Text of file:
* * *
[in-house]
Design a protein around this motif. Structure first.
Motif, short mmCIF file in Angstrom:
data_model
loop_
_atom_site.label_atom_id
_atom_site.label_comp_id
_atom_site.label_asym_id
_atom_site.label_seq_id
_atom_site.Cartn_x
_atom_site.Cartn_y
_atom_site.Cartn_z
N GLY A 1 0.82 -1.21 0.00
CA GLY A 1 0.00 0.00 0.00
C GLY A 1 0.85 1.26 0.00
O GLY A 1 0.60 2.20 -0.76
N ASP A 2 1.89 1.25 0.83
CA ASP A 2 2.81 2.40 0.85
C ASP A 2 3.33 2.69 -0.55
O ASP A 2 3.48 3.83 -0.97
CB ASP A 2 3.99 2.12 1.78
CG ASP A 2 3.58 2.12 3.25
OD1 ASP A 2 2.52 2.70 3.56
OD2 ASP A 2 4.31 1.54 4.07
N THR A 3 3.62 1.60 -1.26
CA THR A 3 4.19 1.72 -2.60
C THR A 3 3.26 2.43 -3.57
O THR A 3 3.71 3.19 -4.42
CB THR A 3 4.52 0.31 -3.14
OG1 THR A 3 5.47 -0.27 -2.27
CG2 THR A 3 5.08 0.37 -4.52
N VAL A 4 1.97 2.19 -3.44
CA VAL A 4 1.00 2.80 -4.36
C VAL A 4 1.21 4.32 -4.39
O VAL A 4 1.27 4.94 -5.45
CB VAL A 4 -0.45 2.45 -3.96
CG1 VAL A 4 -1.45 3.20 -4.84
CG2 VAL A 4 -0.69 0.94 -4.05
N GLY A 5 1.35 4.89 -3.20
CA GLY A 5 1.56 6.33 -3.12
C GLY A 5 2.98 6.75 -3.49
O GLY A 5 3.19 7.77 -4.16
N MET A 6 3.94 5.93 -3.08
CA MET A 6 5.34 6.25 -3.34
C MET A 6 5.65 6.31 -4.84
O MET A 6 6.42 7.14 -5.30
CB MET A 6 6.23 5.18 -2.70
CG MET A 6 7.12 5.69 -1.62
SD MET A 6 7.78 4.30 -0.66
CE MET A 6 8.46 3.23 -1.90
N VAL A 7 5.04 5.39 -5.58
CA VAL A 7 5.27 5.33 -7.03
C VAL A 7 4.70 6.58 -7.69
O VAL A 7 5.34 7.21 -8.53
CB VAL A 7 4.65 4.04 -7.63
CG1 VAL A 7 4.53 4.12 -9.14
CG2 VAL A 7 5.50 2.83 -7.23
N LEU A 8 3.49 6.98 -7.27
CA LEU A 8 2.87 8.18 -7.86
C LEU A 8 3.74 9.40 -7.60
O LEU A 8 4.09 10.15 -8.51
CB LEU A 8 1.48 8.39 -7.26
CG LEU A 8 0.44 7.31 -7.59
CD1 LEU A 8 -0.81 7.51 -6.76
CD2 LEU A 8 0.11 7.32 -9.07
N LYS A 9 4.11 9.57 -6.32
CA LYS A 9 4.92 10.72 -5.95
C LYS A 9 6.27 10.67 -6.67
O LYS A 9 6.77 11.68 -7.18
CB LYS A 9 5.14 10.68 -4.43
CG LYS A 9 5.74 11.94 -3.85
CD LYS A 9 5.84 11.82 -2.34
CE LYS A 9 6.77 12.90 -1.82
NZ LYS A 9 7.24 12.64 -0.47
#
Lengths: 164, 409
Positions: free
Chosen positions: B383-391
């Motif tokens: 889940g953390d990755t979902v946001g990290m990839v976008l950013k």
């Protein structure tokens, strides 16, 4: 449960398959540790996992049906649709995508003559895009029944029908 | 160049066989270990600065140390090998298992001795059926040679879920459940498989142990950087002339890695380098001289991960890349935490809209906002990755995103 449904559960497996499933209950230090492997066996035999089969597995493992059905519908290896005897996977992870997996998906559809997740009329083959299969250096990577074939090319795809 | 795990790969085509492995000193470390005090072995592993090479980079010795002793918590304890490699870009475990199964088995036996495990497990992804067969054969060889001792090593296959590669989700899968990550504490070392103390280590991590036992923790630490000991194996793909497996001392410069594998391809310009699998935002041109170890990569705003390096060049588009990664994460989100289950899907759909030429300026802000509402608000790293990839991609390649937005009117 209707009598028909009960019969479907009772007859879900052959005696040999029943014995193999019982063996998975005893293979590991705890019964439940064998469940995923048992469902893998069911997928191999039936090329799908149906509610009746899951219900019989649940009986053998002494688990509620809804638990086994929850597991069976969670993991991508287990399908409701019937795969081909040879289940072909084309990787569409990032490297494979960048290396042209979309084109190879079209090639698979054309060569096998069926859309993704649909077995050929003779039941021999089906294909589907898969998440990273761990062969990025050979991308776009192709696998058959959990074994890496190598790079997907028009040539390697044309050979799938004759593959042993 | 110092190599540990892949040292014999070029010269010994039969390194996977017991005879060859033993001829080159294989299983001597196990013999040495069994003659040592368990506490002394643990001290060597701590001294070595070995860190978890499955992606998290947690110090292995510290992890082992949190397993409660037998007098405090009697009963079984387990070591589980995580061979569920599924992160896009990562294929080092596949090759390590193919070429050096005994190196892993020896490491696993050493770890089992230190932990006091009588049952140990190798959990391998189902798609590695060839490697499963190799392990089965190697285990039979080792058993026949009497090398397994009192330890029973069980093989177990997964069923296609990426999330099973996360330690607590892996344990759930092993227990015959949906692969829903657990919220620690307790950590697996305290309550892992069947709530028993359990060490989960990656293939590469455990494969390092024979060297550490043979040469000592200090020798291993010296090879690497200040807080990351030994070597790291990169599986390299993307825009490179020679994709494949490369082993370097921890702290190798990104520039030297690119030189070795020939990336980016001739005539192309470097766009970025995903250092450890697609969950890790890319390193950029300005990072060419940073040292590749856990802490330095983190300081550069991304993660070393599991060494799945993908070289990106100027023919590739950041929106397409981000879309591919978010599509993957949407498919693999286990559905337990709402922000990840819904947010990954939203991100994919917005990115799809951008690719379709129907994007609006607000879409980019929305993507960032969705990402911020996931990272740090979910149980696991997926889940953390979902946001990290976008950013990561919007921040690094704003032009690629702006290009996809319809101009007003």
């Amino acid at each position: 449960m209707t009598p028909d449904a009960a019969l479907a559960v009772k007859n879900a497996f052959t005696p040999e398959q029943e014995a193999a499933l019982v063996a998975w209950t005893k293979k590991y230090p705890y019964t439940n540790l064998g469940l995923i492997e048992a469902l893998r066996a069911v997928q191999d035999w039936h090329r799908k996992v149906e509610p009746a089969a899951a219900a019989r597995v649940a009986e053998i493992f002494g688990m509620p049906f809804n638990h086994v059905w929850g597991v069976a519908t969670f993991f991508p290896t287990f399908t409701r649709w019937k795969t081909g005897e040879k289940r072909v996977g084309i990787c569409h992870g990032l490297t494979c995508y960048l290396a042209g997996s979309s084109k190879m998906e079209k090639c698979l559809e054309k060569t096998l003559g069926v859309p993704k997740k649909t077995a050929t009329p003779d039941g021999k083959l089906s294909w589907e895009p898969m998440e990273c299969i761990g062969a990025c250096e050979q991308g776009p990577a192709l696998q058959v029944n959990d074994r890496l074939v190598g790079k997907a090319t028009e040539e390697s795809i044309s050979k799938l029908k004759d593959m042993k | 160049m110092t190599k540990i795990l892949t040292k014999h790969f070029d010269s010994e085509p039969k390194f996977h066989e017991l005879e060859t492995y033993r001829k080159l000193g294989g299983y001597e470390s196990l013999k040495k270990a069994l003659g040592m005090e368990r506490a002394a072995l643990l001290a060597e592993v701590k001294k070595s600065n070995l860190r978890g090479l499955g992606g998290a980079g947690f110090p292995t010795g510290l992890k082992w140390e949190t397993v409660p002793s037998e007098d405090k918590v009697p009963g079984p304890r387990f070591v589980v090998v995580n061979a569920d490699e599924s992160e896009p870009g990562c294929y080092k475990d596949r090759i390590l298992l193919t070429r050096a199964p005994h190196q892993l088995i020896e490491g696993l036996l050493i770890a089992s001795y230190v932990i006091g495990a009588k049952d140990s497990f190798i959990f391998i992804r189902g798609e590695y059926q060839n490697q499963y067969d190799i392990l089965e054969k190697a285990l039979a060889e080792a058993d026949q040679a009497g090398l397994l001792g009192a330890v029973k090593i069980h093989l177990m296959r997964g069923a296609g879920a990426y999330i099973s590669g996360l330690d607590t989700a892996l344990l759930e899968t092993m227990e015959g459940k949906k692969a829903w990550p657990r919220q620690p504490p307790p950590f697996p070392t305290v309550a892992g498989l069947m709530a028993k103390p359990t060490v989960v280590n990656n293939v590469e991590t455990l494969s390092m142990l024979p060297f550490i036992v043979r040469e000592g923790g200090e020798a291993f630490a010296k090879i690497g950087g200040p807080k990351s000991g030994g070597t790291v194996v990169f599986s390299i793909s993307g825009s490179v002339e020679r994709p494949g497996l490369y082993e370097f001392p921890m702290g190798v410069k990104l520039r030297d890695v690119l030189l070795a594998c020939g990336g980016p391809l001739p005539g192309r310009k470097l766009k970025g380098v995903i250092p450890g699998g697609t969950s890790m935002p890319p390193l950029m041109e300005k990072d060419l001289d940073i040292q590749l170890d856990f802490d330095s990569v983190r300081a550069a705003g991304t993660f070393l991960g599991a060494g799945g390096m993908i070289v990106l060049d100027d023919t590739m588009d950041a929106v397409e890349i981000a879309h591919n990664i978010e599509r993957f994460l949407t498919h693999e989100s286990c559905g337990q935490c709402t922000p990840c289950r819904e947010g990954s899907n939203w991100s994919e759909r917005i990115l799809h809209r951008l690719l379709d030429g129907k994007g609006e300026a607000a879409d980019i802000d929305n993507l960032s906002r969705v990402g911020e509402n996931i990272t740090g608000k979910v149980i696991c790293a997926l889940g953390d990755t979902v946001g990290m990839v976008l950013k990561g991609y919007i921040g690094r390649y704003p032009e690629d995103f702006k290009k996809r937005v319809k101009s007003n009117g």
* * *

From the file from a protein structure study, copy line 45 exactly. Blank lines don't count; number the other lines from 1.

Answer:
C MET A 6 5.65 6.31 -4.84